The Dark Knight has a reputation for being one of the great superhero movies, and it is completely deserved. Revisiting this movie for the first time after my initial viewing I was blown away by the writing. This is a masterpiece of thematic story-telling. With fantastic performances, especially from Heath Ledger as The Joker. So let's see what Batman is up to this time as we discuss The Dark Knight. ----more---- Transcript Welcome to Nerd Heaven. I'm Adam David Collings The author of Jewel of The Stars. And I am a nerd. This is episode 93 of the podcast.   Today, we're talking about the movie  The Dark Knight   The description on IMDB reads When the menace known as the Joker wreaks havoc and chaos on the people of Gotham, Batman must accept one of the greatest psychological and physical tests of his ability to fight injustice.   The screenplay was written by Christopher Nolan and Jonathan Nolan (who are brothers) With story by Christopher Nolan and David S Goyer It was directed by Christopher Nolan And it was first released on the 14th of July 2008   In 2008 I was raising a very young family. I had just bought my first house or was shortly about to. I wasn't made of money. Consequently, instead of buying this movie on DVD as I did with Batman Begins, I hired it from the local video rental place because that was cheaper. And forget the cinema. I didn't go to the cinema for years when my kids were little. So I've only ever seen this movie once.   I remember continuing to enjoy the serious tone, but it didn't have that origin backstory element that I loved so much in the first movie. So I was really interested to see how I'd react to a rewatch after all these years.   The movie has a very silent beginning. So much so I had to keep checking that the sound was working on my computer.   We know from the ending scene of Batman Begins that this movie would introduce The Joker as its villain. The Joker is well known as the most famous, most iconic Batman villain. And this in large part thanks to the Adam West TV show, I believe.   I think it was smart to use lesser-known villains in the first movie, like Falcone, Scarecrow, Ra's Al Ghul and Even Victor Zzazz. It expanded the world for those not familiar with the comics and gave Batman room to really shine as he came into his own.   But this was the time to introduce his famous arch-nemesis.   When we first see a criminal wearing a clown mask our natural inclination is to think, this has got to be the joker, or someone who works for him, right? Turns out these guys are working for him, but it's not a close association. He planned this heist, and he wants a cut.   He calls himself The Joker because he wears makeup to scare people, like war paint. We'll come back to this. It's a shock when one robber is killed by another as soon as he's finished his work on the security system. And it would seem to make sense at first. One less person to split the money with, and these are hardly moral people. Unless something goes wrong and you need that guy again, or if you get a bad reputation for killing your team members and nobody wants to join your crew for future endeavours.   Turns out, this is a mob bank. One of the workers has a shotgun. I have to admit, the idea of the mob owning a bank is a concept I'm struggling to get my head around.   Looks like none of these crooks really know the full plan. Half of them are instructed to kill the other half.   The mob guy makes a good point. If you work for someone like the joker, who orders his own people dead, he'll only do the same to you.   Except the guy he's talking to ends up being the joker. In the end, he doesn't have to share the money with anyone. But who's gonna want to work with him? So taking a more active role than it appeared. He definitely has a flair for the dramatic in the way he kills people.   Using the school bus as a getaway vehicle to blend in with all the other school buses is clever, but it would require expert timing, and wouldn't the back of his bus be banged up from crashing through the wall?   I was surprised to see someone wearing the scarecrow mask from the last movie.   It's not surprising, however, that there would be a copycat batman or two. But this guy doesn't compare to the real thing.   And It seems it's actually Doctor Crane himself. Has he escaped from jail? And why would he now be playing vigilante? That's a bit weird. There's a story-telling reason to do this. The idea is you show the villain who was such a threat last time as being ineffectual compared to the new villain, thus emphasising how powerful and threatening the new villain is. Except, Doctor Crane was never much of a threat to Batman. Ra's al Ghul was the main threat. The big difference, of course, between Batman and these fakes, is competence. He's got the skills, the experience, and the equipment. They don't.   Bruce has obviously affected some upgrades to the tumbler. It has some auto-drive features, which are not so unbelievable in 2022, but were still science fiction 2008.   Batman doesn't always come when Gordon turns on the signal, because he's busy. But Gordon likes to do it anyway, to remind people that Batman is out there.   That one scene when Alfred brings breakfast into an empty bedroom speaks volumes without a line of dialogue. Of course, the next scene has the dialogue which is almost redundant. Bruce has set himself up with a temporary batcave under a Wayne Enterprises facility while the mansion is being rebuilt. It's a massive empty area with white ceiling. It looks somewhat unreal. Alfred warns Bruce that he needs to know his limits. Bruce says Batman doesn't have any, and Alfred points out that Bruce does. What's going to happen on the day when he realises them.   And that's a clear ominous warning about a coming theme in this movie. And while Bruce likes to think that Batman has no limits, he clearly does, because even as a symbol, he's portrayed by a human being. Batman is built on the flaws of that human.   We meet the exciting new DA. Harvey Dent. And for those who haven't picked up on it, we see him making decisions by flipping a coin. Rachel is not only working for Dent, she is apparently dating him. She gave Bruce a little sliver of hope that maybe they could be together someday when Gotham no longer needs Batman, but at the same time, it doesn't seem that she's willing to wait for him. I'm not saying that she should, but by dating someone else it makes her offer kinda hollow.  So now we have to talk about Katie Holmes. Because Rachel has mysteriously changed her face like a timelord.   Katie Holmes didn't return for this movie. And we don't know exactly why. We probably never will. We know that Christopher Nolan wanted her to return and was reportedly a bit upset that she didn't. She was quite busy at the time and has said publicly that it was a decision that was right for her at that moment but would love to work with Nolan again someday.   I was disappointed when I learned that the character had been recast. I quite liked Katie Holmes in Batman Begins. The role went to Maggie Gyllenhaal. And I have to say, having just re-watched this movie, she did a fantastic job. It can't be easy to come in and portray a character previously played by someone else, especially if you're supposed to be in the same continuity as the previous. But Maggie made me believe. And while I really liked Holmes in Batman Begins, I think I can say that Maggie Gyllenhaal gave a better performance in The Dark Night. She plays Rachel as a little older, a little wiser. And I really enjoyed what she did.   The new head of Falcone's crime organisation, Maroni, who's played by Eric Roberts, an actor I quite like, has apparently got a fall guy to admit to being in charge, much to the amusement of everyone in the audience. I'm sure that's not what they're called in a court case, but you know what I'm talking about.   This guy has smuggled a gun right into the courtroom, even up to the witness stand, which is a little hard to swallow, but at least this movie gives an explanation. It's made of carbon fibre, which I'm guessing doesn't set off metal detectors? Last movie, both Bruce and one of Falcone's men got guns into the courtroom and that was never explained.   Dent comes across as very cocky, but also very capable. He disarms the witness without a single hint of anxiety.   Gordon and Batman are trying to cripple the mob by depriving them of their money. They plan to raid the mob banks before the Joker and rob them. The Joker is a side-problem at present.    Bruce is falling asleep in board meetings because he's out all night being Batman, but that doesn't mean he's neglecting the company. He's keeping a tight eye on things, more so than appears. I like that.  This is his father's legacy, after all.   The rivalry between Bruce and Harvey over Rachel is kind of embarrassing to observe. I guess I can't blame him. Bruce and Rachel are not together, but not by Bruce's choice. Often in Superhero stories, you'll have the hero tell his love interest that they can't be together but then get all moody and belligerent when the woman pursues something with someone else. I believe Smallville did this once or twice. But you can't have it both ways. Anyway, nothing quite so angsty is going on here. Bruce would have Rachel in a second if she'd have him, and Harvey is in the way of that. This is a point we'll connect back to later when we talk about character goals.   As far as we know, Harvey has no beef with Bruce, but when another guy puffs out his chest at you in a passive-aggressive kinda way, you're gonna puff back. That's just how it works, right. So there's this mutual ribbing that's going on during the conversation. I mean, it was quite rude of Bruce to intrude on their date the way he does. But he doesn't really care.   They begin debating the merits of Batman. Ironically, Harvey is in defence, and Bruce against. I like how Bruce's date isn't just portrayed as a bimbo. She has considered opinions and she's the one who brings up the topic.   Rachel points out the example of Cesar, who was appointed by the people to defend them but then never gave up his power. Could the same end up being true of Batman? Harvey's answer is important. This is his thematic sentence. “You either die a hero, or you live long enough to see yourself become the villain.”   Let's see how this particular theory plays out with our main characters throughout the story.   But Harvey thinks Batman doesn't want to do this forever. He's looking for someone to take up his mantle. Maybe even somebody like him.   And he'd be shocked to learn just how right he is about this. Bruce is sold. He wants to throw his financial support behind Dent. But he has his own ulterior motives.  What if Harvey Dent is the hero that can solve Gotham's problems in a more ‘by the book' kind of way? What if he could take over the mantle from Batman? That would then leave Bruce free to pursue a relationship with Rachel - one she claims she'd be interested in once Batman is a thing of the past.   Ultimately, Batman is thinking more about his own personal wants and needs here than about what's best for the city. It's hard to blame him. He's an imperfect person who does have wants of his own. But we'll have to see what he ultimately puts priority on when the time comes. That will determine what kind of man he is.   So surprise, Lau, the guy that Wayne Enterprises was thinking of doing business with, the guy that Bruce decided not to work with, is involved with the Gotham Mob. The Joker has stolen a few million dollars from them. But Maroni isn't convinced that the Joker is the real problem. The cops are the bigger issue. They're trying to seize the rest of their cash. Lau hides the money for them so when Gordon gets in there, there's nothing to find.   And that's when the Joker barges into their little meeting. This scene is the first introduction we really get to Heath Ledger's Joker. His first act is to kill one of the mob guys who tries to throw him out, using a pencil. Now, this whole pencil in the eye stunt really disturbed me the first time I saw it, and it really stuck in my memory. I remember cringing in revulsion. That wasn't something I needed to see. This time around, it didn't affect me as much, possibly because I knew it was coming. That first time, when it happened, I really thought through the implications. Really disturbing.   It's clear to the Joker that the mob are afraid of Batman. Despite what they say, they're not having their meetings in broad daylight because of Harvey Dent.   The Joker makes an offer. I'll kill the Batman, but not for free. That's why he's here.   But can they take him seriously? He's shown he's clever. He's shown he can pull off a heist. He's demonstrated his competence and his boldness by stealing some of their money.   But does that mean he's capable of killing Batman? That's quite a different task than stealing money from a mob bank. The outspoken gangster, Gambol, isn't impressed and says he's putting a price on the Joker's head, but I think their new leader is seriously thinking about it all.   So let's talk about this version of The Joker. I see Heath Ledger as the definitive on-screen version of The Joker. I know a lot of people will point to Mark Hamill, but I'm just not really into a lot of animated stuff. So to me, Ledger was the ultimate portrayal of what I traditionally thought of as The Joker. His personality is creepy. He comes across as somewhat unhinged, but at the same time capable, and a worthy adversary for Batman. The make-up is dishevelled and badly done, and he has big scars on his cheeks, extending into a sickening smile, covered crudely with lipstick. It gives a wonderfully creepy vibe that works wonderfully for me. If the makeup was applied better, it would lose all its power. Incidentally, that's why I didn't like Joaquim Phoenix's look for the Joker in the trailers, although when I watched the movie and understood the character's backstory, I realised that it worked for that version of the character.   But some people took issue with the whole make-up idea. I know a friend of mine has talked at length about how he didn't want a joker wearing makeup. He wanted a joke with chemical-bleached skin.   Now because I don't have much of a comics history in my youth, I was simply unaware of this aspect of the character. I'm bingeing on DC comics now, but that didn't help me in the past. You see, I always thought The Joker wore makeup. My main previous exposures to the character were Ceasar Romero, who wore makeup right over his moustache, and Jack Nicholson.   As I explained last time, I completely misinterpreted what was going on in the 1989 Batman movie. I thought that Nicholson's Joker wore makeup to cover his disfigurement from landing in the chemicals. It was only very recently that I learned that the natural skin tone was in fact the makeup, and the clown face was his real skin. And I'm sorry, but I just find that kind of silly. Especially the hair. I can buy the idea of bleached skin from chemicals, but not if it just looks like white makeup. And green hair from landing in chemicals. No. That doesn't work for me at all.   So to me, The Joker has always been, and probably always will be, a creepy guy who wears clown makeup. I'm sorry, but I didn't know any different before, and now that idea is solidified in me.   Anyway, it goes without saying that Heath Ledger's performance in this movie is outstanding. He won an oscar for it. It's just such a tragedy that he died before even receiving it.   So Dent and Gordon meet Batman on the rooftop. There's a lot of blame going around for what happened, but what really matters is they need to get Lau back. He's fled to Hong Kong. Harvey can get him to talk if Batman can get him back somehow.   Is it just me or are all the actors in this movie really young?   When Bruce goes to Lucious for help. The scene always plays like a Bond film, where 007 gets his latest gadgets from Q. But somehow, that works.   The Joker comes to see Gambol, but his method of arrival is suitably theatrical. He arrives in a body bag, pretending to have been killed. And that's when we hear his question for the first time. “Do you want to know how I got these scars?” It's not the last time he'll ask somebody that question, and each time, he'll give a completely different story, each as dark and twisted as the last. Of course, at this point in the movie, we don't realise that, so we take the story about his wife-beating mother at face value. Ah, so that's why The Joker is so messed up. But that's too easy. Too trite. Does a tragic childhood justify the person The Joker is? It certainly doesn't excuse it. Does it explain it? Plenty of people have had horrible childhoods like the story he tells, but they don't grow up to be psychotic serial killers. Ultimately, I think the reason the writers had him give all these conflicting stories is that they're showing that no one incident really truly explains or justifies what he is. He's just insane.   Normally, I don't like it when explanations are not fully given, when stuff like this is left hanging as a mystery that's never resolved. Often, it's done badly so it leaves me feeling unsatisfied. But here, it works wonderfully. So I'm with it.   The Joker is slowly taking over the criminal underworld in Gotham. But he's doing it in such a Joker way. He has Gambol and some other goons fight it out, to the death, for the privilege of joining his team.   This guy really is sick.   Fox has a clever way of getting into the interior of Lau's building and planting another jamming device in there. I quite like seeing these two working in the field together.   This part of the movie really does feel like a spy thriller. Batman usually confines himself to Gotham. I think this is the first time I've seen him operating in another country on screen.   The method of extracting Bruce and Lau from the building into the plane looks awesome, but man it would be terrifying.   It seems strange to me that Rachel - a lawyer for the DA's office, is interrogating Lau, not a police officer. Is that normal in America? Because here, it's the police who interview people. Then, when they think they have sufficient evidence, they charge the suspect. Then they appear in court. Although, interestingly, we don't have District Attorneys, like in America. As far as I understand, it's actually the police themselves that prosecute criminal cases. You hear the term police prosecutor.   Gordon makes mass arrests. Rachael and Dent have worked out some legal options where if you get a conviction on one, you can get a conviction on a bunch of their accomplices. I don't fully understand, but it's looking pretty nice for the good guys at the moment.   Until the Judge finds a playing card, a joker, amongst her papers. The Joker makes a direct challenge to Batman by dumping the dead body, in Joker makeup, of one of the copycat batmen into the Mayor's window.   The Joker wants Batman to step up and take off the mask. Every night he doesn't, people will die.   Despite the jokes and ribbing, Bruce is genuine when he says he believes in Harvey Dent. Yeah, he's got his ulterior motives, but he genuinely believes Harvey is what the city needs, maybe even more than it news Batman. Gotham needs a hero with a face. Bruce opens up to Rachel. He believes that day is coming very soon when Batman won't be needed. And when that day comes, he's asking her to be there for him.   The people The Joker plans to kill tonight are quite important. The judge and Commissioner Loeb are among them. Harvey Dent may be another. The Joker crashes Bruce's fundraiser for Dent.   Rachel stands up to him and that's when he tells his second scar story. This one is about a wife who was disfigured. He disfigured himself to be like her, and she left him.   When Batman shows up, The Joker throws Rachel out the window. Batman has to jump out, catch her, and reach the ground safely. His cape barely opens as he's seconds from crashing into a car uncountable stories below. This is even more unbelievable than the fall out the window in Batman Begins. It's laughable to expect us to believe that Batman and Rachel are still alive. That's a real problem for me.   Alfred seems to have a greater understanding of The Joker. This is not a man with a rational goal. He's not after the things that most criminals are after. Some men just want to watch the world burn.   So how do you understand a man like that? How do you defeat him? Batman has been called the world's greatest detective. We get to see him doing a little detective work. Specifically, some forensic work, analysing gunshots into brick.   I really like how the movie acknowledges that somebody in Wayne Enterprises is going to notice their own tech from applied sciences being used out there by Batman. That's only logical. But Lucious is quite capable of dealing with that.   What's harder for me to swallow is that Bruce gets a fingerprint of the shooter off the hundreds of shards that were once a bullet.   The Joker's next target is the mayor, who is giving a speech at Loeb's funeral. It's interesting to see the Joker out of makeup as he pretends to be one of the cops giving a rifle salute.   Gordon has been shot, but we know he can't die because he hasn't become commissioner yet. Still, they play it for real. And they portray the emotion of it very well.   Rachel is the next target. Harvey needs someone he can trust, and Rachel suggests Bruce Wayne.   So, you know the trope, where the vigilante holds the crook out a window, threatening to drop them. We know they won't. The crook knows they won't. In this case, Batman has specifically chosen a height that won't kill Maroni, so that he can make good on his threat when Maroni calls his bluff.   Maroni makes a good point. Batman has rules. The joker has no rules. Nobody is gonna cross The Joker for Batman. The only way to find him is to take off his mask and let the Joker come to him. Or he could just let more people die while he makes up his mind. Harsh truth.   Dent is trying a different tactic. Putting a gun to the mobster's head. But Maroni was right. This guy won't talk. Dent offers a toss of the coin. But is he really gonna kill the guy? I know he's worried about Rachel being the next target, but is the DA really ready to take a life in cold blood? Turns out, this guy is a paranoid schizophrenic. There's not a lot Dent is gonna learn from him. Batman has some words for Harvey. He is a legitimate voice standing against the crime in Gotham. Doing it by the book. That's the first ray of light this city has seen in decades. What would happen if people saw their white knight holding a gun to a man's head? Bruce is convinced that the people need someone better than a vigilante in a bat mask. They need somebody working on the correct side of the law with his face uncovered. That's something Batman can never be.   I love how all of this is building toward the conclusion of this movie. It's like a tapestry where all the threads are coming together to make something greater. There really is some great writing in this one. It's all very thematic.   Bruce is ready to pass on the torch. Right now. He's going to unmask himself so nobody else dies on his behalf.   Dent considers giving up. Even Rachel isn't convinced that this will keep The Joker from killing people. But it may flush him out and allow somebody to stop him. I understand Bruce's perspective. What choice does he have? He can't just keep watching while people die. Is protecting his secret identity really more important than all those lives? I think he's making the only call he can under the circumstances.   Rachel admits she meant what she said to him at the end of Batman Begins. If he ends Batman, she'll be with him. But she believes that if Bruce turns himself in, they won't let them be together. “They” could refer to a lot of people. The Joker, any criminal with a grudge against Batman. The police.   Bruce is destroying any evidence that could lead back to Lucious or Rachel. Today, Bruce has found out what Batman can't do, but as predicted, Alfred doesn't want to say “I told you so.”   At a press conference, Dent debates whether Batman should be turned in with the crowd. They all want his head, so he gives in. As Bruce begins to step forward, Dent falls on his sword. “I am the Batman,” he says.   Bruce hesitates. He doesn't turn himself in. What should he do?   Rachel isn't impressed. Dent reveals how he makes his own luck - both sides of his coin are heads.   The Joker makes his move to capture Dent from the prison transport. But Batman makes his move as well, essentially proving that Dent is not Batman by appearing in the tumbler.   Action scenes with The Tumbler are always fun. But sadly, it's been damaged beyond immediate repair. So…..Bruce ejects in a motorbike.   This is a problem. I can't believe that the bridging vehicle was designed to come apart and partially transform into a motorbike. Clearly, Bruce and Lucious have made a lot of alterations. But I just can't buy that. I mean, the bike with the massive wheels looks cool and all, but this breaks the believability a bit too much for me. This is no ordinary bike, though. It can do some really cool things. Despite all he has done, Bruce still holds to his rule. He doesn't kill The Joker.   Just when all hope looks gone, who should show up but Jim Gordon. Alive and well. Now they have The Joker in custody. Gordon says he couldn't risk his family's safety, which is why he went through this ruse. But he still put them through the heartbreak of thinking he was dead. And that's pretty bad. And they haven't even found out the truth yet. Gordon is on his way home to tell his wife he's alive now. She gives him the slap that I think he deserves. But in all the commission, one thing that I missed in my first watching all those years ago. The mayor names Gordon Commissioner. So he's finally reached the position he's known for.   They've found no Id on him. No idea what The Joker's true identity is. His name.   How do you charge someone without knowing their name? It's not like they can just call him “The Joker.”   But there's some bad news. Dent didn't make it home. So who has him? Gordon lets Batman do the interrogation. This is where we see the beginning of the nemesis relationship. The Joker doesn't want Batman dead. What would he do without Batman? Go back to knocking off mob bosses? The Joker needs a worthy adversary. Batman completes him.   The Joker tells Batman he's going to have to break his one rule tonight - his rule against killing. And he's already been considering it. But it seems the Joker knows who Batman is, or at least, he knows there is a connection between Batman and Rachel. Batman is going to have to choose between Dent and Rachel. One life or another. The Joker tells Batman where each of them are. Batman's decision is made without even thinking. He's going after Rachel. The police will go for Dent.   It's a sick setup. They're both wired to bombs, but there's a speakerphone between them, so they can talk to each other. Hear each other's screams.   The Joker's method of escaping is clever, but disturbing.   Rachel doesn't want to live with Harvey, so he finally gives him the answer he's been waiting for. The question is obvious. Her answer - yes.   So…seems she's not willing to wait for Bruce after all. She'd already decided that, as we'll learn from her letter. She's convinced a day will never come when Bruce doesn't need Batman.   And now comes the real tragedy of this whole thing. Batman bursts into the location where he was told Rachel would be. But it's Harvey. The Joker gave him the wrong addresses. He switched them. So that by thinking he saved the one he chose, he'd actually be killing them.   Harvey is not happy that Batman came for him instead of Rachel - which of course he didn't mean to do.   And Rachel has to calmly accept it. It's that moment when you realise you're about to die and there's nothing you can do to stop it, so there's no use struggling. But at least the one you love is safe.   And then it happens. The buildings explode. Harvey is saved, but Rachel is not.   Rachel is dead. And Batman unknowingly killed her. This is a heart-breaking tragic moment. It was a gutsy move. It was not normal, especially at the time, for a superhero to actually kill off the love interest like this. That was dark.   Of course, I'm not against tragedy or darkness in stories. But ouch. This hurts. But sometimes stories are supposed to hurt. That's what makes them powerful.   Before she died, Rachel gave Alred a letter for Bruce, telling him she'd decided not to wait for him. She was gonna marry Harvey Dent. Alfred ultimately decides to destroy this letter rather than give it to Bruce. I think he reasons that the rejection on top of the death is just another level of grief he doesn't need. He'll at least let Bruce keep the hope that Rachel was going to be with him. It's hard to say which would be more painful, knowing that you could have been with her if only she'd survived, or knowing that no matter what, you'd never have been able to be with her.   Harvey's face is half-burned in the explosion. We know what that means. When I first saw this movie, I was embarrassingly unfamiliar with Harvey Dent, and who he was destined to become. I think the coin gave me some hints but I remember being surprised when I realised where this was going.   So…..Two Face is born. The makeup effects are very well done. But….it looks really gross. Not something I actually want to look at. Harvey is not accepting skin grafts. I'm no doctor, but I don't think he's going to be able to just walk around with a big hold in his cheek, with his eyeball all exposed like that, without getting some serious infection.   Maroni claims he can tell Gordon where the Joker will be tonight.   The Joker proves he's a different kind of criminal when he burns all the money. He's an agent of chaos. Then he calls the talkback show that's about to reveal Batman's identity and threatens more chaos unless someone called “Coleman Reese” isn't dead within the hour. It wasn't entirely clear to me at the time, but Coleman Reese is the guy who has figured out Batman's identity.   Rese is not dead, so true to his word, The Joker sets off a bomb destroying the entire hospital.   They managed to clear it, fortunately.   Bruce has developed a system where he can use every mobile phone in the city to listen in and pinpoint people of interest. As Lucious points out, it's a clear violation of privacy and potentially gives too much power to one person, even though the only person Bruce trusts to use it, over even himself, is Lucious.   It's an interesting dilemma. It may help Bruce find The Joker, and Lucious is willing to help him this one time, after which, he'll resign.   Batman is a vigilante. He operates outside the law. It's interesting that this is the line that Lucious feels so strongly about.   What do you think? Has Bruce crossed a line here? And if it helps him stop The Joker, is it worth it?   Havey is after the people that took Rachel. Moles within the police department. The Joker has threatened more chaos and death in the city, and half the population are evacuating Gotham via ferry.   The joker is running a sick social experiment. Two boats. One full of criminals. Another full of evacuating civilians. Each rigged with a bomb. Each with a detonator to destroy the other boat. At midnight he blows both boats up, unless someone on one of the boats pushes their button - destroying the other. The Joker will let that boat live. So by sacrificing (murdering) the people on the other boat, they'll save themselves. The civilian boat is taking a vote. The guards on the criminal boat are desperately trying to stop the prisoners from rioting and pushing the button.  This kind of sick game is exactly the kind of thing that The Joker delights in.    Meanwhile, Harvey has taken Gordon's family. It's all happening.   There's lots of fantastic drama as the crews of the boat try to make their decisions. It's really interesting how it all develops.   Thanks to his invention, Batman has found The Joker. And so begins their epic showdown. In the end, neither crew destroys the other. Likewise, Batman and the Joker won't kill each other, Batman because of his morals, and the Joker because fighting Batman is too much fun.   The joker is fighting for the soul of Gotham. That's not gonna be won with a fistfight. Much  like Lex in Batman V Superman, he's trying to make a philosophical point about morality. But the people in those barges have just proven that the city is full of people willing to do good.   But for how long? The Joker has taken the white knight - Harvey Dent, and transformed him into something ugly. I'm not talking about his face. He's turned Dent into a killer. The beacon of hope that Bruce so believed in. When people see that, their idealism, their hope in good, will evaporate.   THAT is the joker's victory.   But the Gotham police arrive and arrest him. He'll spend the rest of his life in a cell, and that's the last we see of him in this movie. But there's still a good 20 minutes left of the film. How can you have a climax without your primary villain? Isn't that The Joker? Well, he may in fact be the primary villain, but putting aside that word, he's not the primary antagonist. Harvey Dent is the primary antagonist. The antagonist is the one who stands opposed to the protagonist's goal in the story. Our protagonist is Bruce Wayne. And what does he want? Ultimately his goal in this movie is to stop being Batman, so he can be with Rachel. He wants to raise up Harvey Dent as a different kind of hero, a better hero, a white knight who can do the things Batman can't.   Harvey opposes Bruce's goals the whole way through. First, simply by being with Rachel, keeping her from a relationship with Bruce. But ultimately, by becoming bad. By failing to be the hero Bruce wanted him to be. By constantly making bad choices, proving that he's not the good person Bruce so desperately wants him to be. And that's what we're about to see play out in this final sequence as Harvey threatens Gordon's family.   So if the Joker isn't the antagonist, what role does he place in this movie? I learned this from an old episode of the Writing Excuses podcast about the Hollywood Formula with a guy named Lou Anders. The Joker is what is referred to as the relationship character. The relationship character is the embodiment of the story's theme. The Joker is constantly trying to convince Batman that he's more like The Joker than he is like the idealised hero he wants Dent to be. “You're a freak - just like me.” In the end, Batman fulfils this by accepting his role as The Dark Knight. This is fascinating stuff to me.   It's interesting to me that Harvey has chosen Gordon as the target of all his rage. I understand he failed to save Rachel, but there are bigger targets. The Joker is the most obvious, of course, but he has his reasons why he wants to go for someone more directly connected to the failure.   Batman is a more logical target. Batman was the one who went to the wrong place and saved Harvey instead of Rachel.   I could totally understand Harvey targeting Batman, but Gordon? I guess the difference is, Gordon is tangible. Gordon is a real person with an identity and a family. What is Batman? A persona. How do you hurt Batman? Who are his loved ones? You can't know that without knowing who is behind the mask.   And Harvey's approach is very Joker-like. He's playing games. He's gonna pick one of Gordon's family, the one he decides Gordon loves the most. That's the life he's going to take. One for one. He doesn't even want to escape from this, and that makes him especially dangerous.   Batman shows up, mercifully. Harvey feels betrayed not just on a personal level because of Rachel but on a larger leve., “You lied to me. You said we could be decent men, in an indecent time. You were wrong. The world is cruel. And the only morality in a cruel world is change.” In his mind, that's fair.   The Joker chose Harvey because he was the best of them. Joker wanted to prove that even a man like Harvey Dent could fall. Sadly, Harvey has proven him right. That's the tragedy of this whole story.   The heavy drama here is powerful. Doubly so because I'm a parent.   So Batman rescues the boy, and Harvey dies in the struggle, leaving Gordon and Batman with a dilemma. The Joker has won. Any hope for saving Gotham dies with Harvey's reputation.   So Bruce does the only thing he can. There is only one way left to defeat the Joker, and he can't let the Joker win. Batman claims responsibility for Harvey's crimes. “Tell them I did it,” he says to Gordon. Batman takes the fall for Harvey so that Harvey's reputation can remain untarnished, thus preserving hope for the people of Gotham.   Batman calls back to something Harvey Dent said early in the movie. He has now grown old enough to see himself become the villain. But not in the way anyone expected.   As Bruce rides off on his bike, Gordon's son says “But he didn't do anything wrong.”   I can't help but see strong Christ parallels here. An innocent man taking on the crimes of the guilty, for the good of others. And Christ parallels always hit me right in the heart, because of my own personal beliefs.   This is a tragic but beautiful ending.   So Bruce has now become The Dark Knight. The hero Gotham deserves, but not the one it needs. The name takes on so much new significance at the end. It wasn't just a case of “well, we can't call it Batman, so what's another name for Batman?” No. The Dark Knight has deep meaning, especially when contrasted with Harvey Dent as the White Knight. Love it.   Critics of DC films, particularly the ones that get a reputation for being dark, tend to say that the movies are without hope, without optimism. Nothing could be further from the truth. This movie is dripping with hope. It's all about hope. I feel the same way about Man of Steel and Batman V Superman. I love this movie. It's so well written. It all fits together so nicely. Events are foreshadowed. Themes are set up and then paid off satisfactorily. It's almost poetic.   So, having now re-watched both Batman Begins and The Dark Knight, I might still say that Batman Begins is my favourite because I really like the origin story aspect, but I think I might have to say that The Dark Knight is actually the better film. But we're talking about the difference between two awesome movies, so what does it really matter? The point is, they're both fantastic.   Next time, we'll conclude our look at this trilogy by watching The Dark Knight Rises, which I've also only seen once.   And then after that, we launch into our new series on Star Trek Continues.   Have a great two weeks Live long and prosper   Make it so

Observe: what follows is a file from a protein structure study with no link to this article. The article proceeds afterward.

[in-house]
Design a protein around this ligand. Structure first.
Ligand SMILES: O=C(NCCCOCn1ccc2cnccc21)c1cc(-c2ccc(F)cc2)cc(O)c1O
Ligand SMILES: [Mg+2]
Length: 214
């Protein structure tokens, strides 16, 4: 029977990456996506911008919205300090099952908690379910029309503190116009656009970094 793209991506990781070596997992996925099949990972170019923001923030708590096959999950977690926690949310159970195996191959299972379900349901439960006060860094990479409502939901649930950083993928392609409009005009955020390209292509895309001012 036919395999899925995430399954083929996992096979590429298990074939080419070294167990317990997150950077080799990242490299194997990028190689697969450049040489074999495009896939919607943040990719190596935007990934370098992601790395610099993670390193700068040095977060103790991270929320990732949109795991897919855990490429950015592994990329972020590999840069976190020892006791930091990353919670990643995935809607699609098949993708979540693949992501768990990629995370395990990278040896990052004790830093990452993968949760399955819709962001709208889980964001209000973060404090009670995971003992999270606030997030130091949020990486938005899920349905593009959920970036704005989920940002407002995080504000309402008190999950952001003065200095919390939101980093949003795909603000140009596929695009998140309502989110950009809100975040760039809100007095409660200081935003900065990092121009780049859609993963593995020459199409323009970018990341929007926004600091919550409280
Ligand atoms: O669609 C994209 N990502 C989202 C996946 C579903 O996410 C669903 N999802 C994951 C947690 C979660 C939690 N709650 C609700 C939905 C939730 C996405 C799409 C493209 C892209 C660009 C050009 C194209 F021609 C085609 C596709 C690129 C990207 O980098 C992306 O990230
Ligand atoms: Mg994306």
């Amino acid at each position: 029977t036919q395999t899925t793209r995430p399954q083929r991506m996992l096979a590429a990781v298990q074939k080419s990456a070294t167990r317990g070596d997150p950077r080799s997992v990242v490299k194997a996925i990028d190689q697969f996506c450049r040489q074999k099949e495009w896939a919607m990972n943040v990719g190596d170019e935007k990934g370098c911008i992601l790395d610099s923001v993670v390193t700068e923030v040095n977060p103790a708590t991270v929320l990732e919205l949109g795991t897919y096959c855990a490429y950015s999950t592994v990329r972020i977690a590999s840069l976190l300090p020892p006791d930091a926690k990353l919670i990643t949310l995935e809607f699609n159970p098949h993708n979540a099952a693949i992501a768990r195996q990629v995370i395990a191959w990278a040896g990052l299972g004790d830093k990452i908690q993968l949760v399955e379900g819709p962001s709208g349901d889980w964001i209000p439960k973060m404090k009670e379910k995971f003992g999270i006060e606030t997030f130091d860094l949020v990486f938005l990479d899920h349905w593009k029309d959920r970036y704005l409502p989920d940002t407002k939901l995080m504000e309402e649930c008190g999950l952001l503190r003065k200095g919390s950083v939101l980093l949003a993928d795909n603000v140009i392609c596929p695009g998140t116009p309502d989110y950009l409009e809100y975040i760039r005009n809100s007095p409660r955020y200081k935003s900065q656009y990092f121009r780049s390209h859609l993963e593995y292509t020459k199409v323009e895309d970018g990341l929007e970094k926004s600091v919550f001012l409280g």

Life Through the Big Screen